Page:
There is a memorable scene in the American drama The West Wing. It is a period of intense international threat. Pakistan and India- two nuclear powers- are lining up troops on their respective borders. President Bartlet’s mind goes to the book of Revelation and he refers to the so called four horses of the Apocalypse in Revelation 6. It is a passage that I am lined up to preach on next February here at Woody Road. This week it has felt particularly pertinent- “Then another horse came out, a fiery red one. Its rider was given power to take peace from the earth and to make people kill each other. To him was given a large sword.” (v.4)
It is less than a week since the evil murders in Paris when the seemingly regular atrocities seen in places like Baghdad were brought near to us. Rightly, there have been appropriate expressions of solidarity and condolence. In this piece though I want to do some hard thinking. As I’ve read various responses to what has gone on it seems to me that there is a danger of idealism.
One form of idealism has come in the form of Jeremy Corbyn. He has argued that the events in Paris have emphasised the need for a political settlement in Syria. He has expressed hesitancy about the police’s right to shoot to kill potential terrorists and doubts about the virtue of killing “Jihadi John” without first going through a trial. In some ways, Corbyn is admirable. His is clearly a voice of principle and he is determined to express that despite the fact that he is going against the prevailing consensus in our society- in some ways he is a fine example to Christians.
But, in the end, I am not convinced. Not, I hasten to add, because I am opposed to peaceful settlements or judicial process. Rather, I believe he has for too optimistic a view of human nature- he seems to suggest that if only people would talk to each other then everything would work out. The Christian should not be that naive- we live in a world where there is evil. That is manifest in our hearts, our communities, our nations and on the international scene. It is why Revelation 6 speaks of ongoing history involving war, why Jesus tells us there will always be wars and rumours of wars and why the state is given the power of the sword to punish evil and reign in its worst excesses in Romans 13. If I am honest, it is why I don’t find platitudes about peace particularly helpful in this context.
So am I arguing for a right wing position instead? No, for in its way it is equally idealistic. This may be an unpopular thing to suggest but there were good moral reasons for the Iraq War of 2003. Here was an attempt to intervene rather than stand on the sidelines, to rescue a country from a dictator and bring it into the light of democracy. Well, we know how it has turned out. Likewise the so called Arab Spring was praised because it would lead to a democratic movement that would usher in peace and prosperity. Sadly it has spawned the precise opposite. The last fifteen years or so have left us rightly sceptical about idealistic plans to intervene in another part of the world such that we can create peace.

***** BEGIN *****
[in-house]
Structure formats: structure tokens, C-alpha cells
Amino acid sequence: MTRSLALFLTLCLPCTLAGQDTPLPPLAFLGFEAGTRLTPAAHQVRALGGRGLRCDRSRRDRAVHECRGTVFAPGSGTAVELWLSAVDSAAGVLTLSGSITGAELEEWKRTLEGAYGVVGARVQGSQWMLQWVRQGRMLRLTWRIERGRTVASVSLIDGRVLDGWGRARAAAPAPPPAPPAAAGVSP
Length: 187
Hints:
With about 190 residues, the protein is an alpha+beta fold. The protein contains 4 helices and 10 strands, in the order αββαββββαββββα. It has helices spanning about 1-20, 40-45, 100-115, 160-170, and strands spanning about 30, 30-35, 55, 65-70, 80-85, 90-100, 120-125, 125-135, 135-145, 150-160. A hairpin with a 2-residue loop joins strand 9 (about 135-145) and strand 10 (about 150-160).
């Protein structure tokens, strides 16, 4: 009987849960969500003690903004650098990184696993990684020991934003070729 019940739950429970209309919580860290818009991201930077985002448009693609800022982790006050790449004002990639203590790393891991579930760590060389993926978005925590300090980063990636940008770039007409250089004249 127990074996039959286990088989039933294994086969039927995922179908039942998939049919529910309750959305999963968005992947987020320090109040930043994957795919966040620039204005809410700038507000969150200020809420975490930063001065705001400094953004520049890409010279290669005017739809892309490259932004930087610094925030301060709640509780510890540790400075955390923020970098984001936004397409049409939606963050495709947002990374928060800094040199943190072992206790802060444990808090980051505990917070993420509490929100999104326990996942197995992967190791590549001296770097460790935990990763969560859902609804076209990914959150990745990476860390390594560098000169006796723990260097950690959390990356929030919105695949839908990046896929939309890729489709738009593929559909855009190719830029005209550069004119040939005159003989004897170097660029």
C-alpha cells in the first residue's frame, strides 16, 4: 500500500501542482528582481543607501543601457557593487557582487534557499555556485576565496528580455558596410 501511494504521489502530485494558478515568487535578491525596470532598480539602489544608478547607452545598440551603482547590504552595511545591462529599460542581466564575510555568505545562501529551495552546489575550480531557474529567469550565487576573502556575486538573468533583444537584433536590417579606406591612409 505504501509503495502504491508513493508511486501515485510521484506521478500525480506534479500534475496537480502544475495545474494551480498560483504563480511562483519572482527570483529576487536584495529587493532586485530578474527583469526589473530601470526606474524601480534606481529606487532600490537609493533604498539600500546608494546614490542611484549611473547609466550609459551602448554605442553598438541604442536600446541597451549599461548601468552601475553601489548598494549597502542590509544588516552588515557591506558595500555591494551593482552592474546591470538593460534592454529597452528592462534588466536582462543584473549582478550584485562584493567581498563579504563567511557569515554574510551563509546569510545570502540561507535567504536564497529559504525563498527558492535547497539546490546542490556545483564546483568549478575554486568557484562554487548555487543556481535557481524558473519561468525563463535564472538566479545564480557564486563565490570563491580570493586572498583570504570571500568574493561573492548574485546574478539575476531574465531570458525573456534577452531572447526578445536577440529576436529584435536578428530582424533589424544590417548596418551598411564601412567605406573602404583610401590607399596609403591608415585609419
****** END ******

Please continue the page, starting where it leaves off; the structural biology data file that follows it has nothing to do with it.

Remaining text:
It is enough to make you feel some sympathy for politicians. What should they do in this situation? Truth be told, I have no idea. It seems to me impossible to predict what any course of action will bring. I am not convinced that simply talking to people works for not everybody is reasonable. But would bombing Syria destroy ISIL or would it simply create a whole new wave of recruits for their cause? Who knows?
So how should the Christian respond? I take for granted that which many others have written about this week- praying for those bereaved, being friendly towards and not discriminating against Muslim neighbours and so on. At the grand scale ,though, I think this is a call to be humble about what we as human beings can do. Human beings are capable of appalling evil and we are utterly incapable of bringing about peace. It is the role of politicians to sound as though they are in control but we (and I suspect they behind closed doors) know that to be wrong. “Do not put your trust in princes, in human beings, who cannot save.” (Psalm 146:3)
It seems to me that the biblical message at times like this is not that we can create peace if we all love each other a bit more or if we have some great strategic plan for the world. The message is this- the only real hope for the world is the return of Jesus. There is a biblical idealism but it is predicated on what Jesus will accomplish, not on what humans will achieve. The day will come when those four horsemen no longer have to do their jobs- when the kingdom of this world becomes the kingdom of our Lord and Christ and he will reign for ever and ever. That will be a great day for all tears and evil will be gone for ever. It is the great hope even of the Old Testament:
“Let all creation rejoice before the LORD, for he comes,
He comes to judge the earth,
He will judge the world in righteousness
and the peoples in his faithfulness.” (Psalm 96:13)